Late Spring 1966

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Life continued to revolve around family, road access, phone line, and having to earn a living—not always in that order. Having phone contact at the ranch was very important but getting to that point was taking a long time. There were trees to trim, insulators to put on them, brush to clear from underneath the line, wire to string, and Bob could work on it only after work or on weekends.

One Sunday, Bob went early to work on the phone line. Florence came to watch Rebecca while I went to join Bob. It was one of those warm spring days “with clouds frequently passing over the sun, making it cool enough for a sweater but as soon as the clouds passed, too warm for the sweater.”

Just before I’d left, Doris Ohde had phoned asking whether they could bring their lunch and eat at our house. I told her where we’d be and we met them as they drove up. We ate lunch above Waldens and then they walked up the trail and on up to the ranch. Bob and I worked till 4:00. I cut poison oak and other shrubs beneath the line and pruned the trail. We left a note asking Ohdes to dinner. They came and we had a very good time.

Bob met Scoot Miller on the way out and Scoot wanted to move our slides. Bob told him he hadn’t asked yet because we couldn’t pay him. He said he would do the work and we could pay when we had the money. The next day I had poison oak. Wednesday it was snowing.

My mother sent a letter about trapping pine martens. She and my dad had found old traps at the park where they were living–D.L. Bliss– (against the law in state parks). The season had been closed since 1952. The trappers would nail a piece of galvanized metal on the side of a tree and bend it into a little roof where they put the baited trap. When the season closed in 1952, pine marten pelts were worth $20-$40 each.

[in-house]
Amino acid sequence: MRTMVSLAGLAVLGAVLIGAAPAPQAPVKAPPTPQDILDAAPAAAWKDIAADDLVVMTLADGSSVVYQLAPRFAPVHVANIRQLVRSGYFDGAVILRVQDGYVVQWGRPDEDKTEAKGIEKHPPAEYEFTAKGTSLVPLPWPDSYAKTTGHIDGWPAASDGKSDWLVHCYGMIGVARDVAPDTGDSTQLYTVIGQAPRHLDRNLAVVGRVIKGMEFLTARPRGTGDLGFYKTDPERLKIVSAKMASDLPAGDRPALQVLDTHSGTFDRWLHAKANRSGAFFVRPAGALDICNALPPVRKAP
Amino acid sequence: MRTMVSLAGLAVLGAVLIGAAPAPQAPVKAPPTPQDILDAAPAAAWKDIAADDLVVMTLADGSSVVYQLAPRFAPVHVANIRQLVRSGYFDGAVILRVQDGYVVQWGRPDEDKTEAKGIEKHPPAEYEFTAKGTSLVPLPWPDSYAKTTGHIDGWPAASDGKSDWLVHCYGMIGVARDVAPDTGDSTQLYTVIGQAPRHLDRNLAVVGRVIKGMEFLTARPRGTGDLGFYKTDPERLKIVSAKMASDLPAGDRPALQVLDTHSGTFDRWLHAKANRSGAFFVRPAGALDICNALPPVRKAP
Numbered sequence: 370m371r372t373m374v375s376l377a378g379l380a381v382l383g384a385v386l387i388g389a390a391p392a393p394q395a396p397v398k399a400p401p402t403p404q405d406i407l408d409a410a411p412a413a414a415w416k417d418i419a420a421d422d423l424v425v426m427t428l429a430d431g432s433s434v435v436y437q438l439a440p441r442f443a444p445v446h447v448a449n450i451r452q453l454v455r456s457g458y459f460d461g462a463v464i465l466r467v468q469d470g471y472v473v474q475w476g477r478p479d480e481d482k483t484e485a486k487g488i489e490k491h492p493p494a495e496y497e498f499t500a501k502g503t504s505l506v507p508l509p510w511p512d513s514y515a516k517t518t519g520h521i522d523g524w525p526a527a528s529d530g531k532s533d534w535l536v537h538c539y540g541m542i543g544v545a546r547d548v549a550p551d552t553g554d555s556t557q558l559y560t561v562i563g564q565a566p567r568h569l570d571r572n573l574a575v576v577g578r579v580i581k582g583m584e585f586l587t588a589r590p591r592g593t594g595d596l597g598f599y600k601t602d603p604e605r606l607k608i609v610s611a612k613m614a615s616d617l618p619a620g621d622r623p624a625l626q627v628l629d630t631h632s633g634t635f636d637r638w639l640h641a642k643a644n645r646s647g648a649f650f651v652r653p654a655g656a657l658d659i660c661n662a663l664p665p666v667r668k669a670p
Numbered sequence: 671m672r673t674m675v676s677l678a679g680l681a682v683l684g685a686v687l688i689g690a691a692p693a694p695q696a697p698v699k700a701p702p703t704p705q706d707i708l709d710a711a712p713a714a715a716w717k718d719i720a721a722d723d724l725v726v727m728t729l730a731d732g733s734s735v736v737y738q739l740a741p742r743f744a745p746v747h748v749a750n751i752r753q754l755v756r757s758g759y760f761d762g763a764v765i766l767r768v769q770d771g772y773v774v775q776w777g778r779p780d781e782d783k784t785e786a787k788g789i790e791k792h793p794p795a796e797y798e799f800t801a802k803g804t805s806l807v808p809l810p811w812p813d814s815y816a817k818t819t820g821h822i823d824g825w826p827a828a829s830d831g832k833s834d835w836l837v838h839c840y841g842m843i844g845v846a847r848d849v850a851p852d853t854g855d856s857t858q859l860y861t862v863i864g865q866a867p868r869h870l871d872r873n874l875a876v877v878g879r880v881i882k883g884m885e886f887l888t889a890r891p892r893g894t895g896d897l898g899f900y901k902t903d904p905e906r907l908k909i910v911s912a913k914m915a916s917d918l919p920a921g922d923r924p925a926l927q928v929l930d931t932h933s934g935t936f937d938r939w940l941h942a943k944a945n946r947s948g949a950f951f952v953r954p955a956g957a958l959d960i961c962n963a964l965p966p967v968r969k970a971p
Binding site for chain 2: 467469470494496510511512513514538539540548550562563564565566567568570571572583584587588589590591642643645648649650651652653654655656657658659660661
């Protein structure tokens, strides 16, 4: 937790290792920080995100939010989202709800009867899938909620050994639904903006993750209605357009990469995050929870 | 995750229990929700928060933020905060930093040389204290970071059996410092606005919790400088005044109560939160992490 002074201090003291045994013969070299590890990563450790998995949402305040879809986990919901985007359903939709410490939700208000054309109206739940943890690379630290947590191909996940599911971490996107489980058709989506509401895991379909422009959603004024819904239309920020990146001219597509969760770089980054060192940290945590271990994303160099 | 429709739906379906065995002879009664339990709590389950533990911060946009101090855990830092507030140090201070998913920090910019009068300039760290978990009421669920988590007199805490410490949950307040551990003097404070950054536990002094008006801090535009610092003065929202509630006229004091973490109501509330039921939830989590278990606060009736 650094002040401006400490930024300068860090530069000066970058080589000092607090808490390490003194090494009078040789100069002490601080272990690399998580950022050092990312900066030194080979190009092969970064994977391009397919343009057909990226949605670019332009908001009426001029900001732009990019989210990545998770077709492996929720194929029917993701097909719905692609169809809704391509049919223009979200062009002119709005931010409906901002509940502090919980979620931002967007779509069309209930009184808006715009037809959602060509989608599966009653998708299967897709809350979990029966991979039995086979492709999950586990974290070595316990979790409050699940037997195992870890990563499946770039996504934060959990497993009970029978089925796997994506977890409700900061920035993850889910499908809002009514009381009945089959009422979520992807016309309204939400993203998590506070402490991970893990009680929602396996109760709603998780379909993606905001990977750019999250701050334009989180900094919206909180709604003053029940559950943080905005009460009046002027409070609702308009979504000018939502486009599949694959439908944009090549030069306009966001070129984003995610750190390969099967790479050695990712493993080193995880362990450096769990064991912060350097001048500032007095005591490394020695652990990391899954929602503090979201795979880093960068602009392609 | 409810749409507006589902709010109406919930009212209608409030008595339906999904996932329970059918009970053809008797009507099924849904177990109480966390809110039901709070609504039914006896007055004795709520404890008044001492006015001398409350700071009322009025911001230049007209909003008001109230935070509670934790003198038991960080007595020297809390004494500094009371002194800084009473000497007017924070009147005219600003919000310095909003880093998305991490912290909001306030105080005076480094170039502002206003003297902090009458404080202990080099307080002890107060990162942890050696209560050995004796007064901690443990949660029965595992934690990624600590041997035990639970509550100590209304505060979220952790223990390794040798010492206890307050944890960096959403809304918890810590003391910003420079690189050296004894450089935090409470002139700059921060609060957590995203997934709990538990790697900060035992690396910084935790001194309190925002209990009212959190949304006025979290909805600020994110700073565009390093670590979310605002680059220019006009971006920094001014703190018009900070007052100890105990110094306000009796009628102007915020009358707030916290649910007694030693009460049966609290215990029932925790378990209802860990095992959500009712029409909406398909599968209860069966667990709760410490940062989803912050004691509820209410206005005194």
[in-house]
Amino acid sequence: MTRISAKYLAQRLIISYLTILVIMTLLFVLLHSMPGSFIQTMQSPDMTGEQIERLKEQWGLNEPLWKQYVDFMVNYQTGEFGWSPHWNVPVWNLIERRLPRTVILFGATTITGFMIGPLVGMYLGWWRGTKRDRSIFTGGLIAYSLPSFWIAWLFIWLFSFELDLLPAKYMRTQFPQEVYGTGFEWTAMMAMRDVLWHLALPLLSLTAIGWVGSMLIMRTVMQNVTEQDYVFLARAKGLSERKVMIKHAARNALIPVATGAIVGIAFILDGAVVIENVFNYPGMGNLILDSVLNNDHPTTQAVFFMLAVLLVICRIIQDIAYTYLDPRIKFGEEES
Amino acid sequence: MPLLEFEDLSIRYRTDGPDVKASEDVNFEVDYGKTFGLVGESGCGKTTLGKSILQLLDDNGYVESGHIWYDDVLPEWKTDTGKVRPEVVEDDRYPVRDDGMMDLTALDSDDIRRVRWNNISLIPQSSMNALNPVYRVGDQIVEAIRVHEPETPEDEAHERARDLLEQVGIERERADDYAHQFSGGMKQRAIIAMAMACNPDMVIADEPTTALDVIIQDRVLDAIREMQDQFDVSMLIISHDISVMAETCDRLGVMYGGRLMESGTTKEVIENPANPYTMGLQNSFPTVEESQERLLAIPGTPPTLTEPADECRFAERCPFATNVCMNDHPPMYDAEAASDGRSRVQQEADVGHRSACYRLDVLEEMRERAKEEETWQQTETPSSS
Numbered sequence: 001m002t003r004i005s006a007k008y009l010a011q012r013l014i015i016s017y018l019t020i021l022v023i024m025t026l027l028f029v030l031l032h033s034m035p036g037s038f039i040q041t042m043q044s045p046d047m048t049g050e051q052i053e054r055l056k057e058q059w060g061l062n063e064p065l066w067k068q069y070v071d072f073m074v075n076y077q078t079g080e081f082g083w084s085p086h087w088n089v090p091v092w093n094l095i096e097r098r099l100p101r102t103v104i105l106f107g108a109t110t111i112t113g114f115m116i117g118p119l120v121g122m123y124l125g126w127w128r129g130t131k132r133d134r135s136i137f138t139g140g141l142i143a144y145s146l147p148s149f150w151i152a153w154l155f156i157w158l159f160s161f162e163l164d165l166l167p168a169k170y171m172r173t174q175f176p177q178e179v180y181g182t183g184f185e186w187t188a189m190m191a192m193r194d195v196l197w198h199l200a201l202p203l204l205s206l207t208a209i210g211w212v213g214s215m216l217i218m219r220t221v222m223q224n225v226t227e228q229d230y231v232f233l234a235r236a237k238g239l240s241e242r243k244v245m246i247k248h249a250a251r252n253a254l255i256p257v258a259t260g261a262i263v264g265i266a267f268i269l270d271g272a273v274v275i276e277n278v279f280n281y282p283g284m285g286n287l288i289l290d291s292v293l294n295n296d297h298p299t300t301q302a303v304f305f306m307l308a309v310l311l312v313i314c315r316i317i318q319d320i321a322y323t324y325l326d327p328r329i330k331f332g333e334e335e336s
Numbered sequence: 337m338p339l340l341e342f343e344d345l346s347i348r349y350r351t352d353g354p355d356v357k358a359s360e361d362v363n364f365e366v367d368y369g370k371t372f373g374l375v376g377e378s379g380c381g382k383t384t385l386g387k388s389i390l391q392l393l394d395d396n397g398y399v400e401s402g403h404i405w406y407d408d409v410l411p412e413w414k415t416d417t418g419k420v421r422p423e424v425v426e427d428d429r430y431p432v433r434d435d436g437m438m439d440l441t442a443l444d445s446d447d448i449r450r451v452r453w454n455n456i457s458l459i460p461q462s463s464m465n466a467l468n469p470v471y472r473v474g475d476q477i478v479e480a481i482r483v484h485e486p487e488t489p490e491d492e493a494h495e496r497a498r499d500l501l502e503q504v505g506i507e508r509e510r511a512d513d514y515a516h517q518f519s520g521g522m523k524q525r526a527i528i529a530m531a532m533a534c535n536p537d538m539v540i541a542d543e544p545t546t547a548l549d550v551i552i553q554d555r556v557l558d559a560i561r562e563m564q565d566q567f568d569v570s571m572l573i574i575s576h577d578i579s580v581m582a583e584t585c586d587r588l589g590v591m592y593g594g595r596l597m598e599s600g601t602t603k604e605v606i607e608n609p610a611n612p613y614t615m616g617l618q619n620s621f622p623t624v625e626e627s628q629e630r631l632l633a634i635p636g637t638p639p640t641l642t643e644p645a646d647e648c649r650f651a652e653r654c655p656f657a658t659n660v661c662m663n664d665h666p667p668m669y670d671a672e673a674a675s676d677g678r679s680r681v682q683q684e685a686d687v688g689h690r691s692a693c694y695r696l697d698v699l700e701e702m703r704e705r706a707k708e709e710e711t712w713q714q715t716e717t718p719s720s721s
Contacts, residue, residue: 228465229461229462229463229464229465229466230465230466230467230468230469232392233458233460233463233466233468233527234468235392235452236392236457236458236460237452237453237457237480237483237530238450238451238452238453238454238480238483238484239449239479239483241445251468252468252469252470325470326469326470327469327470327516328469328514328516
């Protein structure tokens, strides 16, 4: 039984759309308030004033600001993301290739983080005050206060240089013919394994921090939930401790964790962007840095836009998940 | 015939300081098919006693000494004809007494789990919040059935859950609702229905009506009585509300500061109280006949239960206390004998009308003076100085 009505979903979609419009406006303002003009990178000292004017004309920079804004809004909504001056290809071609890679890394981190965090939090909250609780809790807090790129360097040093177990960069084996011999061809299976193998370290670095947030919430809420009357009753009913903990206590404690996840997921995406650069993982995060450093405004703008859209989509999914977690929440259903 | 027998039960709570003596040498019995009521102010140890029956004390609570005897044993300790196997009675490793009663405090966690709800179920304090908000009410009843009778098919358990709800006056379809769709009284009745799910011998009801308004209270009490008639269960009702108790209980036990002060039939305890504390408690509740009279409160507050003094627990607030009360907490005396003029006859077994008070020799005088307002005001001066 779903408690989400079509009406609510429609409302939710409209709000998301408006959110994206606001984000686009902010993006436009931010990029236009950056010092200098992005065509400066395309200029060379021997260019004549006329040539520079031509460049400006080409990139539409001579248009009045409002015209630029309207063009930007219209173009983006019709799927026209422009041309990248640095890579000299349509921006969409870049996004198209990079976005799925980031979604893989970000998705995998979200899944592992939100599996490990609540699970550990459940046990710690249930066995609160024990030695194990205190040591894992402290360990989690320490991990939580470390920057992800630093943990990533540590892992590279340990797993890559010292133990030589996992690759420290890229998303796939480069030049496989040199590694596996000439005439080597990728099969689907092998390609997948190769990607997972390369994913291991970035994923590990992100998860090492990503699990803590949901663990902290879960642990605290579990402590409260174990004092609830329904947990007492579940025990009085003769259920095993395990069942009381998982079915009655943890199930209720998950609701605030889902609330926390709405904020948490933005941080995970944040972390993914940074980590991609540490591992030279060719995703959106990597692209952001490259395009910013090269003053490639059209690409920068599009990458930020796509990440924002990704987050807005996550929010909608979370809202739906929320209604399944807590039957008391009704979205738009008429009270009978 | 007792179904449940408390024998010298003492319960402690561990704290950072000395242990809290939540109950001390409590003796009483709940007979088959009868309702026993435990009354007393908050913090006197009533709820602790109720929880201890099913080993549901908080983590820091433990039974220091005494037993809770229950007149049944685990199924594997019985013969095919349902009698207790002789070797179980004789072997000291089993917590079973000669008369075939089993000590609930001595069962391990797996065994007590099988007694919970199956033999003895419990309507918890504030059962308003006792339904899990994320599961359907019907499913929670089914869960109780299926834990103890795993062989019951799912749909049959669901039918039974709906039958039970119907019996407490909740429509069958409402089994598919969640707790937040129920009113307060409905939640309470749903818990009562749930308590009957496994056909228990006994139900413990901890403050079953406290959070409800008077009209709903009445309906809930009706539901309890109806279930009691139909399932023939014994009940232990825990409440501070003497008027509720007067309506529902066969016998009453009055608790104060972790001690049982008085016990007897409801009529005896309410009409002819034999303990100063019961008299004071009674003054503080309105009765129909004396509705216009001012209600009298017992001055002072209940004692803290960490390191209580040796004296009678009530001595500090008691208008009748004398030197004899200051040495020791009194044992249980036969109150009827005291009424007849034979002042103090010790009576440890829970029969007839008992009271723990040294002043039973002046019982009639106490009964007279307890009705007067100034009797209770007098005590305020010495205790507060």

One day some boys from elementary school stopped by and I gave them all popsicles: Ricky, Lennie and Jim Anderson, Tony and Tye Duncan, and Kevin Monroe.

My morning walks were longer now and much easier as I started carrying Rebecca on my back in a Gerry Pack. These types of packs are common now for carrying children but were rare then. People used to stop me and marvel at what a great idea idea it was. One day, when walking with Rebecca, a deer came right up to us to be petted. The hair was worn off its neck where a collar had been—obviously had been someone’s pet.

Then my mother wrote that my dad had a heart attack two weeks ago. Why hadn’t they called one of my brothers or me? She drove him to a doctor and they did call a family friend who was a doctor. No heart damage but no more physical labor at that elevation. They didn’t want to be a bother to anyone but…yikes!

I substituted for a couple of days at Cox Bar School.

We continued to look for land where we could live while also trying to fix things up at the ranch and finally decided to buy land in Weaverville. I would have to go to work. We would rent the Ohde’s house for the coming school year as they were going to Corvallis so Dave could go to OSU during that time. I was offered a teaching job at the Weaverville elementary school.

Shooting stars, fawn lilies and redbud were in bloom at Big Flat as was buckbrush ceanothus. Madrones were just starting to bloom.

In March Rebecca could take a couple of steps but by the end of April
she was running instead of walking, and preferably while holding something in one hand. She chattered constantly in her own language.

On the last day of April, after dinner, we drove downriver to look at a second proposed dam site for the Helena Dam. If used, all of Big Bar would be covered and the lake would be only a short distance from the ranch. Helicopter sites had to be prepared on both sides of the river, at both sites, so they could drill down about 200 feet. These had to be prepared by hand as it was too steep for bulldozers. We drove up Swede Creek to get a closer look at the spot.